While being confined to an airplane seat can bring out the worst in some people, American travelers do their best to not be a nuisance and prefer to keep to themselves. In addition to being among the least likely to start a fight or be confrontational towards another passenger or the flight crew, the study found:

  • 45% of Americans believe politely speaking with a seat kicker is the best way to address this annoyance, and another 16% wouldn’t even do anything because they assume it’s not intentional.
  • Globally, 45% of passengers get straight to the point and ask a seat neighbor hogging the armrest to make room for them, while only 35% of Americans would take this course of action.
  • Nearly 90% of Americans have never been drunk while flying to avoid being one of the commonly cited “most annoying” passengers.

The Germ Spreader is now the most annoying passenger 
While 43% of global respondents identified the Drunk Passenger as the most annoying person on a plane, Americans zeroed in on a different offender: the Germ Spreader.

Imagine this scenario: You sit down in your seat and the person sitting next to you is visibly sick, coughing or sneezing. What would you do? It turns out catching a cold on the plane is something Americans really want to avoid, but they go about it in a respectable way. Nearly 50% would ask the flight attendant for a different seat, 40% would offer them tissues or cough drops if they had them, and another 31% would just apply hand sanitizer throughout the flight. Presumably, these anxieties around health and hygiene are also behind Americans’ world-leading dislike of going barefoot on a plane (78%).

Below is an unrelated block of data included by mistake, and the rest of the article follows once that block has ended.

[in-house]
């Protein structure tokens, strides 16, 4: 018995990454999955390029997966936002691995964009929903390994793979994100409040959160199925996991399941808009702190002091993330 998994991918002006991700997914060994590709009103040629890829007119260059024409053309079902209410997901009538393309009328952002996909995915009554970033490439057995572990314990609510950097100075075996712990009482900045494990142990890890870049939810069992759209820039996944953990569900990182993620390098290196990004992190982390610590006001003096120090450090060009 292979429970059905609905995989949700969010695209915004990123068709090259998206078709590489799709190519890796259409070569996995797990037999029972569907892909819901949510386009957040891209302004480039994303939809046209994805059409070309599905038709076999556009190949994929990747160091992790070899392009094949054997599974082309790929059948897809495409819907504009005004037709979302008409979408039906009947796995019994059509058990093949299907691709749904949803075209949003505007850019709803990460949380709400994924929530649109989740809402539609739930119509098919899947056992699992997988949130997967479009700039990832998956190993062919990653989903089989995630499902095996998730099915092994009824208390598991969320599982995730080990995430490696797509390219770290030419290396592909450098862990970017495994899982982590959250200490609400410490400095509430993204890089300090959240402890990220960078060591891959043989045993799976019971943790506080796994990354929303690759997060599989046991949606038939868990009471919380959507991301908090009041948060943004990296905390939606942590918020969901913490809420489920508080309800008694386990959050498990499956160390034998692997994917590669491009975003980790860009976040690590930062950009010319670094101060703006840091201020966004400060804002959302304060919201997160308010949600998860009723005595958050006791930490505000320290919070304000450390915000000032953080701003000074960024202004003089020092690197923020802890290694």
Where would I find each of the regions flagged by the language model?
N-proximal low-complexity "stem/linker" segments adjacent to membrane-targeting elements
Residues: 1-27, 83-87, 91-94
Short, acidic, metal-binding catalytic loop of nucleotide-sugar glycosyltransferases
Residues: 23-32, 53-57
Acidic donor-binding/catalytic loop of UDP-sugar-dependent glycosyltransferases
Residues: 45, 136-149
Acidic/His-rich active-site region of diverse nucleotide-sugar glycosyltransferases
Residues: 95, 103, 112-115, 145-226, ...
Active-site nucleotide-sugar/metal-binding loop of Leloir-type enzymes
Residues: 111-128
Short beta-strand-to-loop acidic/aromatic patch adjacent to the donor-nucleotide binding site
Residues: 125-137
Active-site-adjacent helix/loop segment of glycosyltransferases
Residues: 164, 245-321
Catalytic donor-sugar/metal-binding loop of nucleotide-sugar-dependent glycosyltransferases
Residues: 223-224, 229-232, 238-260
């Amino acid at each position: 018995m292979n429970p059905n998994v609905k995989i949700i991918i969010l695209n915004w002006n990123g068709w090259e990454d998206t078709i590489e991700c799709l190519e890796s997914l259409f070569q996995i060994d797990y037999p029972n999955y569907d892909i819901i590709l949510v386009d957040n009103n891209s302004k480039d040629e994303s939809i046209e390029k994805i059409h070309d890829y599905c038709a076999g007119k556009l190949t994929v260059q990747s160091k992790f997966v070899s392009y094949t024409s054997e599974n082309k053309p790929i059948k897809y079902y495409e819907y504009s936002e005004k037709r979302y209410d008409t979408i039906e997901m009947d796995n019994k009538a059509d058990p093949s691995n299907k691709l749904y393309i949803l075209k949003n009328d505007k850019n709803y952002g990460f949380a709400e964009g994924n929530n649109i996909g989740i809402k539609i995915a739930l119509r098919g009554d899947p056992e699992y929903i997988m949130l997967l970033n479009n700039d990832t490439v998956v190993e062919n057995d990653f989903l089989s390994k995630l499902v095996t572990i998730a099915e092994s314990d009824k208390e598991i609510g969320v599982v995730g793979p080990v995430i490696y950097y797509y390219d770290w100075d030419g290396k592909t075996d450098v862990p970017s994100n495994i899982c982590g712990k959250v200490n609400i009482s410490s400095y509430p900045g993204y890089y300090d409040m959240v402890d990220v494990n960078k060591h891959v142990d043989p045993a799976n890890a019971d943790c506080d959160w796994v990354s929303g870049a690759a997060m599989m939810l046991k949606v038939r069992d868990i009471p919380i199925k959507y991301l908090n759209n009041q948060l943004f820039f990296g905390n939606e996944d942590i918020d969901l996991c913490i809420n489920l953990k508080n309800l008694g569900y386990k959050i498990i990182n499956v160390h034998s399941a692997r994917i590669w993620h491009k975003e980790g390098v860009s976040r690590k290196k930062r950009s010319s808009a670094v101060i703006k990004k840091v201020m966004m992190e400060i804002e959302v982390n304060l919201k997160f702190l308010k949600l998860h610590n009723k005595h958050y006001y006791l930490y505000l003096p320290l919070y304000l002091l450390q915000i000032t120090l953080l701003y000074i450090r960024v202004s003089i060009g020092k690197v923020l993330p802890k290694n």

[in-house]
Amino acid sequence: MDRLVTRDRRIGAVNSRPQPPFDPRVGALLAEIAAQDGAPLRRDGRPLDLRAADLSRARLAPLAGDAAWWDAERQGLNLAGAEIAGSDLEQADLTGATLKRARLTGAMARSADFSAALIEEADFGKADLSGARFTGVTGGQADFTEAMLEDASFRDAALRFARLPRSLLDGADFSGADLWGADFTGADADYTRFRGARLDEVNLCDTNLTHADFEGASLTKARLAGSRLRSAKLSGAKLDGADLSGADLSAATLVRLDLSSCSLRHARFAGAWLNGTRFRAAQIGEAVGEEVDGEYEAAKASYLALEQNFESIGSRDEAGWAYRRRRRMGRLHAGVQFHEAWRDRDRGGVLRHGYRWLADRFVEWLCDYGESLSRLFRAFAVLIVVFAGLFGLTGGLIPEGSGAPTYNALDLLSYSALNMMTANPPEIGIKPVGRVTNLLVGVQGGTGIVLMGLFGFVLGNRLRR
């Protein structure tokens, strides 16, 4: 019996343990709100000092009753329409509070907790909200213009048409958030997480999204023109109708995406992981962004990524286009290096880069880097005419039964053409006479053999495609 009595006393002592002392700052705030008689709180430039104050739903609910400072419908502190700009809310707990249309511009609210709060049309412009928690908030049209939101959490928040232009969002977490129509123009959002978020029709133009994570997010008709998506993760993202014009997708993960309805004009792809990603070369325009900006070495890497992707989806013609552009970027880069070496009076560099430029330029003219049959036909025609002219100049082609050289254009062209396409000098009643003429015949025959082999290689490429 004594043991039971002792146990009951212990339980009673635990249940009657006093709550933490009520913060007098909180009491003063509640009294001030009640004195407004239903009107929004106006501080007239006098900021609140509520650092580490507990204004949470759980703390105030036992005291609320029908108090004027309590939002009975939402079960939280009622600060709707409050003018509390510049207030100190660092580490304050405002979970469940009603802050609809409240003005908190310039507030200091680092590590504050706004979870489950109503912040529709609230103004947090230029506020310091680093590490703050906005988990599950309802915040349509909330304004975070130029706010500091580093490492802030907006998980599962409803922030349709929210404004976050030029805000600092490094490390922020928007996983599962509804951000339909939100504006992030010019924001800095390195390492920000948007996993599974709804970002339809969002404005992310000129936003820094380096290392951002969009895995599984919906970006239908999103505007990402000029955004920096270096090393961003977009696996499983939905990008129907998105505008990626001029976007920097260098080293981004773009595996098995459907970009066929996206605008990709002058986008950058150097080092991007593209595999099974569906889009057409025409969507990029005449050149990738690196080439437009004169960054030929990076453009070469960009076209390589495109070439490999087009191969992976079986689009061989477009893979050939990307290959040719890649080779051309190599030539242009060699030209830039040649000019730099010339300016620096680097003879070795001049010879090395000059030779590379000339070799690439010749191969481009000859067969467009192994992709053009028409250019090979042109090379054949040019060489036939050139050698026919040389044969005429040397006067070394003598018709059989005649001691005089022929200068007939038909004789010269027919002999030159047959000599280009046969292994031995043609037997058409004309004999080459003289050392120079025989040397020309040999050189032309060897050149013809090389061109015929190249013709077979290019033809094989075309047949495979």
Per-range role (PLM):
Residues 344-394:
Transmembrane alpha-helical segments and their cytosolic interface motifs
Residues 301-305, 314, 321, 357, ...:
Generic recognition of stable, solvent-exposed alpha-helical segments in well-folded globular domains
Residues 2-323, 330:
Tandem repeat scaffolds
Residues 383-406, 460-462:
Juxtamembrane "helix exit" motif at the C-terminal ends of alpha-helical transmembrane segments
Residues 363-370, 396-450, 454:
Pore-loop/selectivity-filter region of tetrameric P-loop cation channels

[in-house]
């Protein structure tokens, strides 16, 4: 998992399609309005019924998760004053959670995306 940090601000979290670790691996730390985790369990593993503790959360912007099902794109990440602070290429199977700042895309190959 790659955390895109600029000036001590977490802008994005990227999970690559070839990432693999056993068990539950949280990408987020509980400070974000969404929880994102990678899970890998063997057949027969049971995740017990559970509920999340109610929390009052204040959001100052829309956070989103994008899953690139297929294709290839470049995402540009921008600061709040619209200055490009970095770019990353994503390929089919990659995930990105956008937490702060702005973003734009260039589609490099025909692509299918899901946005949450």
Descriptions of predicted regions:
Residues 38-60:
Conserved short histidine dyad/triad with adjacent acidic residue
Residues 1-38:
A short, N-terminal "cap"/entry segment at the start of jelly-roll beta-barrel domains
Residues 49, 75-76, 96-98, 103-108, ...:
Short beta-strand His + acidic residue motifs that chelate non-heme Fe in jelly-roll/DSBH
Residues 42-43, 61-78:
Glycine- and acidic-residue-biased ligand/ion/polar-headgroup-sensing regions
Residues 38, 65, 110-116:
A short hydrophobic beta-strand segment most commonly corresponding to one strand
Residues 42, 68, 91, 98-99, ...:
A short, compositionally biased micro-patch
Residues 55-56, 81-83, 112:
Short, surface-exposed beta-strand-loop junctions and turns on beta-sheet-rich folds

The top five most annoying flight passengers for Americans are:

  • The Germ Spreader (40%)
  • The Seat Kicker/Bumper/Grabber (36%)
  • The Drunk Passenger (35%)
  • The Aromatic Passenger (32%)
  • The Inattentive Parent (30%)

Vacation rental etiquette is a two-way street 
Vacation rentals are getting ever more popular. For families or larger groups of friends, they offer many comforts of home — including more privacy and less chance to get annoyed by loud guests or partying across the hallway. When booking a vacation rental on a site like Expedia, travelers can see detailed descriptions and reviews that ensure that everything is set up for a relaxing vacation.

When staying in a vacation rental, most Americans agree that a few things are off limits:

  • Going through the host’s personal items (75%)
  • Peeing in pool (73%)
  • Wearing the host’s clothes/shoes (64%)
  • Taking items from the vacation rental, like a book or movie (61%)
  • Taking home provided staples like spices, towels, etc. (58%)
  • Inviting more people to stay without the host’s permission (57%)

When it comes to “special touches” a vacation rental host can provide, Americans most appreciate a stocked fridge (23%) or free meal upon arrival (17%) to their home away from home. A quick in-person introduction to sights and restaurants in the area was closely behind (16%), followed by a welcome drink (14%). These results show that while personal contact is still greatly appreciated when it comes to good hospitality, food and drinks are the way to American travelers’ hearts.